Probably one of the defining moments for the film industry in 2014 was the infamous Sony Pictures Entertainment hack that led the leaking of countless confidential emails from the top executives. The hack led to the revelation of talks between Sony and Marvel, the leaking of the script for the upcoming James Bond flick, Spectre, and the stepping down of Amy Pascal as co-chairman. It was a big event, one that went on to damage the reputation of the corporation.
While this hack was widely publicized late last year, it doesn't quite seem like prime content to be mined for a film -- at least, not in narrative form. According to the Hollywood Reporter, documentarians Jehane Noujaim and Karim Amer, who created the Netflix film The Square(A film documenting the 2011 Egyptian Revolution), are hard at work on a new documentary that chronicles this game-changing event. One of the filmmakers, Karim Amer, opened up about hack's importance.
"The Sony story is an important chapter in this larger issue... The analysts and experts we speak to see it as the 9/11 of cyberattacks, and the implications will be felt for years to come."
The Sony hack had repercussions that were international scope, with North Korea was generally blamed for the hack, though they deny any involvement. Many believed the impending release of The Interview-- a film about the assassination of dictator Kim Jong-Un -- to be the catalyst for this cyberattack, but no real evidence has been found. North Korea isn't the only potential culprit in this case. Some also believe the hack to be an inside job, but given how little we know about it, there are a number of organizations who could have been responsible. The documentary will help shed light on these other possibilities.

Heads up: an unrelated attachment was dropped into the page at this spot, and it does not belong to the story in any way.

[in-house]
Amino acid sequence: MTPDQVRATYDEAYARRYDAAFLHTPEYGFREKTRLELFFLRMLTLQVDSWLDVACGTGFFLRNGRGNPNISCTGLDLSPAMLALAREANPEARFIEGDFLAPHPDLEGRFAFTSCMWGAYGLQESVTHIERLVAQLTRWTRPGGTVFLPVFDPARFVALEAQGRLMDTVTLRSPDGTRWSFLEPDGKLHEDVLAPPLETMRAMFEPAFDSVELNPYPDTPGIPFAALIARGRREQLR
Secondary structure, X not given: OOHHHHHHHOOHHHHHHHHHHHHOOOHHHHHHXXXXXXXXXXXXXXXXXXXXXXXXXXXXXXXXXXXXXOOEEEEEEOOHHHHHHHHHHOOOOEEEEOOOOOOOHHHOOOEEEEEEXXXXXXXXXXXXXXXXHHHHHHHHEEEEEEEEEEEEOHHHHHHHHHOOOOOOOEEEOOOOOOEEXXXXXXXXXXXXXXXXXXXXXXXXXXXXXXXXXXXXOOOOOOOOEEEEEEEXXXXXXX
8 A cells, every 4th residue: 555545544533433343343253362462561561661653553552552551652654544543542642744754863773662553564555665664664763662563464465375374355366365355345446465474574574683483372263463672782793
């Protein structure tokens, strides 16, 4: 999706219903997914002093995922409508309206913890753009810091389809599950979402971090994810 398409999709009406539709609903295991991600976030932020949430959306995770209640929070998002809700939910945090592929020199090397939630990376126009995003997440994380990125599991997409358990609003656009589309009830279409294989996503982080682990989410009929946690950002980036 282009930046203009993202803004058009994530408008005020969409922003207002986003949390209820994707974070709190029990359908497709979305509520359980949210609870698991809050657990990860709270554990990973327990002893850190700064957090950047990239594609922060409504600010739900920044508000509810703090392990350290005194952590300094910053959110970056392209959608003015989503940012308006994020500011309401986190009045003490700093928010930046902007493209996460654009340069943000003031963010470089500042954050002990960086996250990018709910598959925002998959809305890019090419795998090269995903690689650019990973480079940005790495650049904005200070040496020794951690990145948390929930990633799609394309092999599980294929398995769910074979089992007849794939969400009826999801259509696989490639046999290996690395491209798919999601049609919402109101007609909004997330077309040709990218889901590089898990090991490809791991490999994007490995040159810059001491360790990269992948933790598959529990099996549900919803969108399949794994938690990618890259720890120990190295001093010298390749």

"Sources say director Noujaim and producer Amer will put forth alternative theories about the hack's culprit."While the film will definitely center around the Sony hack, it won't, by any means, be restricted to the single event. The movie will use the hack as a gateway to discussion about cyber aggression as a whole, which is a phenomenon that's becoming more and more relevant. As we saw with the Sony hack, even the smallest of leaks has the potential to topple, or at the very least nudge, an entire corporation. No doubt other studios will keep this in mind when designing their security protocols in the future.
The documentary has no set release as of yet. What do you think? Will you be interested in seeing a film chronicling the Sony hack? Who do you think was responsible for perhaps the most damaging PR event in Sony history? Let us know all your thoughts in the comments down below!